Foreign exchange shortages in Authorised Dealer Banks (ADBs) are forcing commercial banks to ration the hard cash, The Nation has established.
Market analysts say the surge in demand for foreign currency has also fuelled depreciation of the local currency on the official market.
As of Tuesday, the kwacha was selling at around K756 against the dollar from a ‘stable’ selling price of around K749 for over three years, save for some spikes between May and June last year. The kwacha has depreciated by about K7 or 0.92 percent during this period.
This comes at a time the spread between the selling price of the dollar at K860 on the parallel market and K756 in most ADBs continues to widen, which points to massive pressure of the local currency.
While Bankers Association of Malawi president Kwanele Ngwenya has attributed the scarcity of foreign exchange (forex) and the subsequent pressure on the local currency to recent disruptions in the global supply chain and logistics, on one hand, money market analysts and financial experts we spoke to on Tuesday blamed authorities for artificially holding the kwacha at a time the currency is overvalued.
Critics also observed on Tuesday that the local currency was supposed to be let loose way back in 2018 as it had reached its equilibrium price then, adding that the previous administration used the exchange rate as a political tool.
As of Monday this week, gross official forex reserves, which are under the direct control of the Reserve Bank of Malawi (RBM), dropped to $651 million (about K488 billion), or 3.12 months of import cover, from $847 million (about K630 billion), or 4.05 months of import cover, in December 2019 and $787 million (about K590 billion), or 3.76 months of import cove, in January 2020, according to a financial market development report by RBM dated August 24 2020.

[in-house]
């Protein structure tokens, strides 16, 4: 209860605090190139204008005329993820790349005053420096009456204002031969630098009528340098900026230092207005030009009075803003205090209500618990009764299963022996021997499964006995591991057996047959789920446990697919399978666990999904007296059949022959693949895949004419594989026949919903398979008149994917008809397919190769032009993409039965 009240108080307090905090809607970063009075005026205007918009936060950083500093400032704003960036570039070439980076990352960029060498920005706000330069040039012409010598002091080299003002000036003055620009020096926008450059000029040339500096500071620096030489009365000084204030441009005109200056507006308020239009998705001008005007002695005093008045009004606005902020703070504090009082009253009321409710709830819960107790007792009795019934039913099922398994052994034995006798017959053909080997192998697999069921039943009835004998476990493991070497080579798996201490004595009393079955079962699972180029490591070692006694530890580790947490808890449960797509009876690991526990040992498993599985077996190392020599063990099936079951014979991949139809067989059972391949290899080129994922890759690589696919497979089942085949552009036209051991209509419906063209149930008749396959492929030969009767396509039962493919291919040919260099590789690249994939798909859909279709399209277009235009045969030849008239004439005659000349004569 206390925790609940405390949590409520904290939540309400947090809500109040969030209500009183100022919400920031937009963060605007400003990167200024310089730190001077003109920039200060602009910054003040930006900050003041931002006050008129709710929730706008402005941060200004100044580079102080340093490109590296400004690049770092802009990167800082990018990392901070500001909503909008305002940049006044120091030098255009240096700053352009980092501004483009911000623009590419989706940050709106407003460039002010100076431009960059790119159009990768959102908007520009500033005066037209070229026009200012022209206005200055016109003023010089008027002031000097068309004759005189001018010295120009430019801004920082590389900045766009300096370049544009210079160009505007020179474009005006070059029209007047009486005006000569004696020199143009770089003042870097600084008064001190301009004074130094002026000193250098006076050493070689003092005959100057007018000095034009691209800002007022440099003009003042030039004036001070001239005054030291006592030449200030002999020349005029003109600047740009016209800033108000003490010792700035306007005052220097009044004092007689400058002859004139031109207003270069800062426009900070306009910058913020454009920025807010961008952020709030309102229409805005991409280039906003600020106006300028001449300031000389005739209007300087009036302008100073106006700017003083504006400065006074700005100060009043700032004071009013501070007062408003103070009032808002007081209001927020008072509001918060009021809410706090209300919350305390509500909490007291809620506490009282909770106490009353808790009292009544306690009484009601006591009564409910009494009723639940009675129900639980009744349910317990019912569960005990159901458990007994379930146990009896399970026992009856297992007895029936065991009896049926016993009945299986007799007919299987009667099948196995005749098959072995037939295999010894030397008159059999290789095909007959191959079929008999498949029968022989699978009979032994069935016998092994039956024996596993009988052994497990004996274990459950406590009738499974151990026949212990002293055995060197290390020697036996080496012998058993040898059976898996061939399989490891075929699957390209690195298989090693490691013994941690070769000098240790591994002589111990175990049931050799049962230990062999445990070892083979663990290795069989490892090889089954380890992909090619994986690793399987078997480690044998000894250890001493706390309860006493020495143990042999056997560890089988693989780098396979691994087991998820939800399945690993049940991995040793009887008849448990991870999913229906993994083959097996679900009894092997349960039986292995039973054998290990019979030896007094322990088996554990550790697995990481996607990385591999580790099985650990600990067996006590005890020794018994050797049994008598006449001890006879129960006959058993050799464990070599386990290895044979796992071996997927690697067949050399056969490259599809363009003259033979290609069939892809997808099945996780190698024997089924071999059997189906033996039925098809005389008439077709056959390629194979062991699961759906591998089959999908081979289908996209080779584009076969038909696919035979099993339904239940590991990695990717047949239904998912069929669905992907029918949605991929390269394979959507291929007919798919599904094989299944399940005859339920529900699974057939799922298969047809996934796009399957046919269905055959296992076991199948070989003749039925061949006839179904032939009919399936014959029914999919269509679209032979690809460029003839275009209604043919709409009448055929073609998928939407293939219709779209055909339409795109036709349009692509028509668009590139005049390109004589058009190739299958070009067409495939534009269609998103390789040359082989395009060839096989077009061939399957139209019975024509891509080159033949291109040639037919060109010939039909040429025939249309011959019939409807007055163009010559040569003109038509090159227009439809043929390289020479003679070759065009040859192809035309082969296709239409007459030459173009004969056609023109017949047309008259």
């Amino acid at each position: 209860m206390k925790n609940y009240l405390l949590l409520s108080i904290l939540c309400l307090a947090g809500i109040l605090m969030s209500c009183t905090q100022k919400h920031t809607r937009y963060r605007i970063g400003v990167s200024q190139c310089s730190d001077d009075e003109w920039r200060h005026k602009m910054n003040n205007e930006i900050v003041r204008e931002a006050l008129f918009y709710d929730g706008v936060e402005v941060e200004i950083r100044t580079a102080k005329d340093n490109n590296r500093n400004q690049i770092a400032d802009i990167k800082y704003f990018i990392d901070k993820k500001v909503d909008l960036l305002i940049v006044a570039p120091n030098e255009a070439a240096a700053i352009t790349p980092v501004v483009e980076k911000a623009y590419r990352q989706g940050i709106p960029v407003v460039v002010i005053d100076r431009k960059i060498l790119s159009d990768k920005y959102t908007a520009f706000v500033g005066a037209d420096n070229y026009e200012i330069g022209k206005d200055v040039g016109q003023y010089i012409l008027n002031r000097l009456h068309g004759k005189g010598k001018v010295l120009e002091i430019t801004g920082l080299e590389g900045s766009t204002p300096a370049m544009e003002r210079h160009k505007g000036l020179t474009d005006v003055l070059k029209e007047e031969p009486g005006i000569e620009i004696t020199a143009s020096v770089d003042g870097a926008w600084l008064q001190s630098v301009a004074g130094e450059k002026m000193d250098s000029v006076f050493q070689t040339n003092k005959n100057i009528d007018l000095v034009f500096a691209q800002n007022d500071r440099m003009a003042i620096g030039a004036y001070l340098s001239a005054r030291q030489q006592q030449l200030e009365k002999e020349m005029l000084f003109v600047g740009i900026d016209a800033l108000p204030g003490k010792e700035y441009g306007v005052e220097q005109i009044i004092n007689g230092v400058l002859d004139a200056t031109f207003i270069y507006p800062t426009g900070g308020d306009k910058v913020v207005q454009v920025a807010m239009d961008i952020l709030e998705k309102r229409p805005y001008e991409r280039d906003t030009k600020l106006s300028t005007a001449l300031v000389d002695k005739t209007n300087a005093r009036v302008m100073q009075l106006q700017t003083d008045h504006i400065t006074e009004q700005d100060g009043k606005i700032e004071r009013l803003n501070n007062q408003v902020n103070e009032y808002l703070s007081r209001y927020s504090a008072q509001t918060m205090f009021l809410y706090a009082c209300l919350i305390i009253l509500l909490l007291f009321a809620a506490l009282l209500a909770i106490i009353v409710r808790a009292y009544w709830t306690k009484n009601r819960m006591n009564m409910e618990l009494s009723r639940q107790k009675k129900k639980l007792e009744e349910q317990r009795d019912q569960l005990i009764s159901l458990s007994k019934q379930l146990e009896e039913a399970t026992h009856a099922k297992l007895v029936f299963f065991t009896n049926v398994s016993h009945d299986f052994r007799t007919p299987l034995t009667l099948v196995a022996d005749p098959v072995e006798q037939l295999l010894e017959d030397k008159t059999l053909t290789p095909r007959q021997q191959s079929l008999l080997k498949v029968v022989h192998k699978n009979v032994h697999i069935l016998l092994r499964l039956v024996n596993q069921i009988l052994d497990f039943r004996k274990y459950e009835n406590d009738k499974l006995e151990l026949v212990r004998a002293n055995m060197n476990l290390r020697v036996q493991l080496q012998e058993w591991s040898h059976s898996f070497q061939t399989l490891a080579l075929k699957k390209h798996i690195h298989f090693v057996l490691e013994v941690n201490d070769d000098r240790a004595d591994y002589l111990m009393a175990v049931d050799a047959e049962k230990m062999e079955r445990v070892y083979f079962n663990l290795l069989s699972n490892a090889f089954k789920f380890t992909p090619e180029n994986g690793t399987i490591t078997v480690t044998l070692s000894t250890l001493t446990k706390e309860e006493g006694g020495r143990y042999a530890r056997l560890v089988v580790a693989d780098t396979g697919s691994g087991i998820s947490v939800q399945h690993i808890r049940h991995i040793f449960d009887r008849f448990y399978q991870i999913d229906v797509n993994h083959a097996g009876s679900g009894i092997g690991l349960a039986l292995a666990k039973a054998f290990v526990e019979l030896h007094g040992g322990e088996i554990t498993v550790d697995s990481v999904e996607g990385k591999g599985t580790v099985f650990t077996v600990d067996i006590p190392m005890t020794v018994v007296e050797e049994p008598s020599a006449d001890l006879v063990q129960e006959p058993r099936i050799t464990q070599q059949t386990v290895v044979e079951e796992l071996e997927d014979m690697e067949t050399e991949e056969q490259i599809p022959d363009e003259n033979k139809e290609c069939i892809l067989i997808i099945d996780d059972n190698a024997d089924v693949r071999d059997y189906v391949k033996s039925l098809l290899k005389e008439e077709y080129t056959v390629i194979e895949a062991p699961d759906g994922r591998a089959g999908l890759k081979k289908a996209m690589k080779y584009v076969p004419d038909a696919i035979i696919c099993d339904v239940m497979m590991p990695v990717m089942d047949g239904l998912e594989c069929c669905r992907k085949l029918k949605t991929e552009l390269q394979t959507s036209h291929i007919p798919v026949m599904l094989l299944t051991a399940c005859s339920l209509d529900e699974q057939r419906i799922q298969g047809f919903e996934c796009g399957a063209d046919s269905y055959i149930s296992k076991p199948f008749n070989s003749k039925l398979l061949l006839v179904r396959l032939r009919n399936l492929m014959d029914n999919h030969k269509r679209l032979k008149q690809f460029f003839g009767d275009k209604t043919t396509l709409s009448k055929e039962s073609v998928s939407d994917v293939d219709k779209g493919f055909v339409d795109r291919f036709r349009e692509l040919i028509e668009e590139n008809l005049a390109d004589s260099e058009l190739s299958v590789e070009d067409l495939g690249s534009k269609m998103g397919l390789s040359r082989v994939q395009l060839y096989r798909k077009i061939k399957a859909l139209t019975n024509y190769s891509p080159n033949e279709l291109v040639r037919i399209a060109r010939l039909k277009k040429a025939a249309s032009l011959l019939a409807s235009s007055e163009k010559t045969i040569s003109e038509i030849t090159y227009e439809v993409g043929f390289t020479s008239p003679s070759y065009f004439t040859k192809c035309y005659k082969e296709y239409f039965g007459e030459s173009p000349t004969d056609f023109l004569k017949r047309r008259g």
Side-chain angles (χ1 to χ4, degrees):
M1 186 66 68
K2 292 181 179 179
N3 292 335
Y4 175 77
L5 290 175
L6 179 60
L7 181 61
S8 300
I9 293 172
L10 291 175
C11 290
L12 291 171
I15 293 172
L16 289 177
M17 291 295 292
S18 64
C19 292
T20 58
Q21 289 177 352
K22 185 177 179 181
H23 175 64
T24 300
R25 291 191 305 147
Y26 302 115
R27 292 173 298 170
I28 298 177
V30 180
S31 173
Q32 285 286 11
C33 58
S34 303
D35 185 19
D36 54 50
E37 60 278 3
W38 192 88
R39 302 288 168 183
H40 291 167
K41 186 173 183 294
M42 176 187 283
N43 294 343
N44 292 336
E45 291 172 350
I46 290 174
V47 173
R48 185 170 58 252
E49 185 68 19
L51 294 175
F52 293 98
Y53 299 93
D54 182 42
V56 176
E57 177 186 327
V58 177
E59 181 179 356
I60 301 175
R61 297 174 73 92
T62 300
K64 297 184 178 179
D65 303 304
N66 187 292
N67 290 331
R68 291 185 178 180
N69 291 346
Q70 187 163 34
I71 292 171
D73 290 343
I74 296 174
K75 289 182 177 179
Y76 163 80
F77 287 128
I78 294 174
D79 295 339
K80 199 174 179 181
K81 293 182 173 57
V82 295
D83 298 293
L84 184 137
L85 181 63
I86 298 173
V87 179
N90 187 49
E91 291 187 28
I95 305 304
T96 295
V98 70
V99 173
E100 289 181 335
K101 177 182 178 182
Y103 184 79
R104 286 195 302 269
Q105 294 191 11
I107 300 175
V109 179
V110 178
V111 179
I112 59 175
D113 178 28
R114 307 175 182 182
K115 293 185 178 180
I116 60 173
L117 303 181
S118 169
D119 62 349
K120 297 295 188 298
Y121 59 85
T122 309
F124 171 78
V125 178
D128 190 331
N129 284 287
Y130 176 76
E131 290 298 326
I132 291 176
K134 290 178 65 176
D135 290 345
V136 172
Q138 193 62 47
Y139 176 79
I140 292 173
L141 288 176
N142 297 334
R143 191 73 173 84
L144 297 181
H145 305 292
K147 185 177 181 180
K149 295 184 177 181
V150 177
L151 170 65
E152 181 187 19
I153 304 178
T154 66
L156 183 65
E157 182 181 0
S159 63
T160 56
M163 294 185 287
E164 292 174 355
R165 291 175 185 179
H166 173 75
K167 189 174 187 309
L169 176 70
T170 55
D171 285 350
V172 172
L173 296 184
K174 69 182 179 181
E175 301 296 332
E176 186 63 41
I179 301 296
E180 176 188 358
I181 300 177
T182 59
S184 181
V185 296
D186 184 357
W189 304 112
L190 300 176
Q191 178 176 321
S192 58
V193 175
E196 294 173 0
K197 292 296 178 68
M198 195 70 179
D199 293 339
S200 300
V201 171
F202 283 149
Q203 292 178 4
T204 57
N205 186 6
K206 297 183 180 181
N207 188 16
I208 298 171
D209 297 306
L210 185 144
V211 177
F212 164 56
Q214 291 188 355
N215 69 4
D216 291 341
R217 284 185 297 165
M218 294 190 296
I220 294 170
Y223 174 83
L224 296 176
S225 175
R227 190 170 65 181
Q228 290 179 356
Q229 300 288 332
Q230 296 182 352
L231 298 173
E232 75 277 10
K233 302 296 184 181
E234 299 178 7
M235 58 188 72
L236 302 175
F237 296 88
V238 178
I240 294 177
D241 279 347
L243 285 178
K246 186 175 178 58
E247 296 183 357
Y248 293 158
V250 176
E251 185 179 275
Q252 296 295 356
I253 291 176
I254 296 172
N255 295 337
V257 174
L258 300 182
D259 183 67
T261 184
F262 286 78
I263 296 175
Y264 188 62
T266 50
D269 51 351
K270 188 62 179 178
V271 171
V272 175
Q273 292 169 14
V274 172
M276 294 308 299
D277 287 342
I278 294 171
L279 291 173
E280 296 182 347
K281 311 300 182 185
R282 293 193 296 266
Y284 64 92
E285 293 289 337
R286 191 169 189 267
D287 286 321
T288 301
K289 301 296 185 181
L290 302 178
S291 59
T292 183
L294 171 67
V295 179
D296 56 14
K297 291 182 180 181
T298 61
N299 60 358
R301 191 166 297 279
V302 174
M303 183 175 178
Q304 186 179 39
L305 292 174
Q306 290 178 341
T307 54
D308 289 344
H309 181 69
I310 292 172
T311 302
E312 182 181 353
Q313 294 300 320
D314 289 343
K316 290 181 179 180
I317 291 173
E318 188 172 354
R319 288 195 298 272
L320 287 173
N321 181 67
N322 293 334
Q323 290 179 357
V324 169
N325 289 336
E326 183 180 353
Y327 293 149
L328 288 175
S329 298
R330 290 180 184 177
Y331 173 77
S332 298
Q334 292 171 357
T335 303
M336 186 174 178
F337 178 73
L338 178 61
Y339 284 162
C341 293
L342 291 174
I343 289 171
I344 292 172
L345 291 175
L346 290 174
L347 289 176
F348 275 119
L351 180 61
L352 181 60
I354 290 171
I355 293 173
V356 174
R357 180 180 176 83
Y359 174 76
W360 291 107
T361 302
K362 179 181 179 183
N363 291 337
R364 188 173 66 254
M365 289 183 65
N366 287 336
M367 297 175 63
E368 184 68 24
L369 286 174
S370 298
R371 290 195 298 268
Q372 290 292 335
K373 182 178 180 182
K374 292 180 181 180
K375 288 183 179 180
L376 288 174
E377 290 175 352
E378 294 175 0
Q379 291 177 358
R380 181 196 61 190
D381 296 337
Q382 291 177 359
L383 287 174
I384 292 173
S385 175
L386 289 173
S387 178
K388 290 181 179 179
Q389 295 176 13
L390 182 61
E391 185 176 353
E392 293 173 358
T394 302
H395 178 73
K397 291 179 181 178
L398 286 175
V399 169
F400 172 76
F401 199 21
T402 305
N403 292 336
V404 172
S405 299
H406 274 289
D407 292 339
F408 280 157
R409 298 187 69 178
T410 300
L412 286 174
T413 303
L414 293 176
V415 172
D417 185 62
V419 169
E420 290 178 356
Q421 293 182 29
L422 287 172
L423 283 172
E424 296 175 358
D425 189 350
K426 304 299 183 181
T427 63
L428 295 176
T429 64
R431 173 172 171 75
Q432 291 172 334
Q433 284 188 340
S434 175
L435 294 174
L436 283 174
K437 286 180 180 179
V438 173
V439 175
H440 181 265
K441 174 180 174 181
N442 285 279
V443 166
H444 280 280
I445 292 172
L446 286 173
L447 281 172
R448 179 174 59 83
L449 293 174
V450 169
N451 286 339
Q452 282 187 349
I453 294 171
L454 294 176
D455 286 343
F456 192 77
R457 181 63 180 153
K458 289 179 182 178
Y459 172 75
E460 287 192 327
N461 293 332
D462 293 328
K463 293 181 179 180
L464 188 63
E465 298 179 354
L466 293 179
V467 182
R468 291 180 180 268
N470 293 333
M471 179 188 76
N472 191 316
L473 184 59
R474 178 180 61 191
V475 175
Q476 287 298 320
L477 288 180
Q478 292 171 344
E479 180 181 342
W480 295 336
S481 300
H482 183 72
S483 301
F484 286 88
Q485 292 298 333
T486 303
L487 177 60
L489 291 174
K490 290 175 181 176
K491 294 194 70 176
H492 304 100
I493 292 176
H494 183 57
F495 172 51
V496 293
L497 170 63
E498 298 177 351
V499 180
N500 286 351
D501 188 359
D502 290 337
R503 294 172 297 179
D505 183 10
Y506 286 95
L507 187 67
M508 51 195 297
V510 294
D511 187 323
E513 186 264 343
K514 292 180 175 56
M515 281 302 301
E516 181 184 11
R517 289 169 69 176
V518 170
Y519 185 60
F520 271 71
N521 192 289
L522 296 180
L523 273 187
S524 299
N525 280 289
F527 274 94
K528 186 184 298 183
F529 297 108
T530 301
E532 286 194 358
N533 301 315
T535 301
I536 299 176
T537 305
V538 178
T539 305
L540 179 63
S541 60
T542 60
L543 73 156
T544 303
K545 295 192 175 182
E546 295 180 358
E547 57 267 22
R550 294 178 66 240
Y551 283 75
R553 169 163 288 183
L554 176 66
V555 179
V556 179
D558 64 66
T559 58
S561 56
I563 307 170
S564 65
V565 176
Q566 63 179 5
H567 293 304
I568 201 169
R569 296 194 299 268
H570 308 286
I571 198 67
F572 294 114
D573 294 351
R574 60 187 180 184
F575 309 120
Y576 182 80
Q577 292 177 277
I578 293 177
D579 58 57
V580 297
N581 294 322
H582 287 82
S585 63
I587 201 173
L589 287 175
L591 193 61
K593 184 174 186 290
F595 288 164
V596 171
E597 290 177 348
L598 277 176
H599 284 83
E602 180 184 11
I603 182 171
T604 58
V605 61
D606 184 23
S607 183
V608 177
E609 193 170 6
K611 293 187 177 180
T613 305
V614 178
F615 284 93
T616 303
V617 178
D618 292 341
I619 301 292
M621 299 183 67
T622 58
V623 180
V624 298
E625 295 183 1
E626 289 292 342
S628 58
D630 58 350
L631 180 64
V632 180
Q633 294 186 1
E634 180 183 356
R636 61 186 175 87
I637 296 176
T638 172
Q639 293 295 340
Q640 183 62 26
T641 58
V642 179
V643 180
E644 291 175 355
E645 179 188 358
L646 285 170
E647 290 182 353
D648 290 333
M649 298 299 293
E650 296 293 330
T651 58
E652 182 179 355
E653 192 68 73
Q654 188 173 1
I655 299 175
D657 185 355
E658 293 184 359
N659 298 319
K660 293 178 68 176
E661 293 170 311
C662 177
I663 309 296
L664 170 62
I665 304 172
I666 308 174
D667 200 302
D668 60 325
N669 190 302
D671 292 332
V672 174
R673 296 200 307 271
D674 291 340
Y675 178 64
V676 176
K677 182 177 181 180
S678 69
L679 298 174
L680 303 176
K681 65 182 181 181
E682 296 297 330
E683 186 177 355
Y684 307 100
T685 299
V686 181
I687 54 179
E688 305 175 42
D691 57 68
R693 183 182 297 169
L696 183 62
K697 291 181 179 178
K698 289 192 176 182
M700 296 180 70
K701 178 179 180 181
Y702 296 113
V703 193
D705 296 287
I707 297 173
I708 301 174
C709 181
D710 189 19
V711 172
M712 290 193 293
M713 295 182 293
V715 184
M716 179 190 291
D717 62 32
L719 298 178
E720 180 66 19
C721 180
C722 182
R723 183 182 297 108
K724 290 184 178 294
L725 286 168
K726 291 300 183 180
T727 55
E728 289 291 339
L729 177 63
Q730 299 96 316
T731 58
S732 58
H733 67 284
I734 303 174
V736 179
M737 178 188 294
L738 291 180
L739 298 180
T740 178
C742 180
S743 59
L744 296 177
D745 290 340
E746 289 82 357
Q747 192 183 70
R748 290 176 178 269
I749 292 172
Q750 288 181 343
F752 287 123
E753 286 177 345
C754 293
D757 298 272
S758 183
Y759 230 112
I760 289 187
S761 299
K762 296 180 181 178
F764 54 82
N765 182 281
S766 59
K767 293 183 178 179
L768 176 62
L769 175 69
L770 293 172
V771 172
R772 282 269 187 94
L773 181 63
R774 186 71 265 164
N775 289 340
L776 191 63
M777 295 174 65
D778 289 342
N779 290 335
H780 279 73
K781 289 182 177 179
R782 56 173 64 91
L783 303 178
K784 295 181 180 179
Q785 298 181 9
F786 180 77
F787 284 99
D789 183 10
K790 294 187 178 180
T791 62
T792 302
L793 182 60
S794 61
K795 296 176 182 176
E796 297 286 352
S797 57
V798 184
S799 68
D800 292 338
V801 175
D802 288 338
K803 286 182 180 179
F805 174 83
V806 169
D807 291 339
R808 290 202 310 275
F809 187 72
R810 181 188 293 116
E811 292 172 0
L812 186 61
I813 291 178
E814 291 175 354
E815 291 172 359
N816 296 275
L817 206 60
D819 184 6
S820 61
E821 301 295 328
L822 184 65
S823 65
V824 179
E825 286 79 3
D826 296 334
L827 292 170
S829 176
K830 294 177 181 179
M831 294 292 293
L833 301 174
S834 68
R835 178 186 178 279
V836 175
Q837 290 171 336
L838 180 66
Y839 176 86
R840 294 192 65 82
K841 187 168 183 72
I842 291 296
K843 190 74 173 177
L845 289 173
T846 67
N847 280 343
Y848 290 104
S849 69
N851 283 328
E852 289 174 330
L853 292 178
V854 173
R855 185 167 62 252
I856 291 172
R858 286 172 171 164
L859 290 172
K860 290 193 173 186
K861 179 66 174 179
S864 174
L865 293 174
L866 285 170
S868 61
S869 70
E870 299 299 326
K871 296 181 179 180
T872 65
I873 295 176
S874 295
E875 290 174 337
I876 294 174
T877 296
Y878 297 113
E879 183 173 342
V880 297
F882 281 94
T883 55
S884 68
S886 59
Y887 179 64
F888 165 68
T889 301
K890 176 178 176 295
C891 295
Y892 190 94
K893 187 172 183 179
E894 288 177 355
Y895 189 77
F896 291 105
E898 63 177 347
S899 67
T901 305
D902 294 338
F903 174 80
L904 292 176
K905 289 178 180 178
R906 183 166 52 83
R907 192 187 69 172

On one hand, as at July 31 2020, figures show that all ADBs had cumulative foreign exchange of $770 000 (about K57 million), a drop from $2.4 million (about K1.8 billion) in December 2018.
Figures show that in March, April, May and June 2020, all ADBs were in red, with the accumulated negative balances of $-4.56 million, $-3.09 million, $-4.50 million and $-0.98 million in that order.
In an interview on Tuesday, Ngwenya said the pressure being mounted on the forex was expected due to uncertainties before the elections as most clients wanted to front-load payment of their bills.
He said: “Supply of forex has also been affected by slowdown in business activity in the economy as projects have slowed dow
n and there have been logistical disruptions in most economies due to the pandemic.”
Ngwenya said the forex scarcity was created by speculation and the uncertainty preceding the elections, adding that the situation has lately been compounded by Covid-19.
“The marginal depreciation is happening across the economies. That is why you have noted that the rand has also depreciated against the dollar. Being a liberalised market, this is expected to happen,” he said.
But Alliance Capital Malawi Limited research manager Bond Mtembezeka said on Tuesday that the current scarcity of forex on the official market points to a situation where the kwacha-dollar exchange rate is artificially being held and that the local unit is overvalued at this point.
He explained: “All things being equal and with the flexible exchange rate regime we are in, we should have seen a massive depreciation of the kwacha and not these small changes we are seeing.
But Ben Kaluwa, a professor of economics at Chancellor College—a constituent college of the University of Malawi—suspected that in the face of the current political situation, some desperate individuals could be busy externalising foreign currency; hence, putting more pressure on the kwacha, particularly on the black market.
He said currently there is rationing of foreign currency on the official market, which he said is a symptom of foreign exchange shortage.
RBM spokesperson Onelie Nkuna had not responded to our questionnaire as we went to press. But in an earlier interview, she said there is surging demand for foreign currency on the local market.
Financial Dealers Association of Malawi president Patricia Hamisi recently told The Nation that being an economy that has limited sources of forex supply and is operating under the floating rate regime, they expect authorities to intervene if they see the need to do so and in line with monetary and fiscal policies.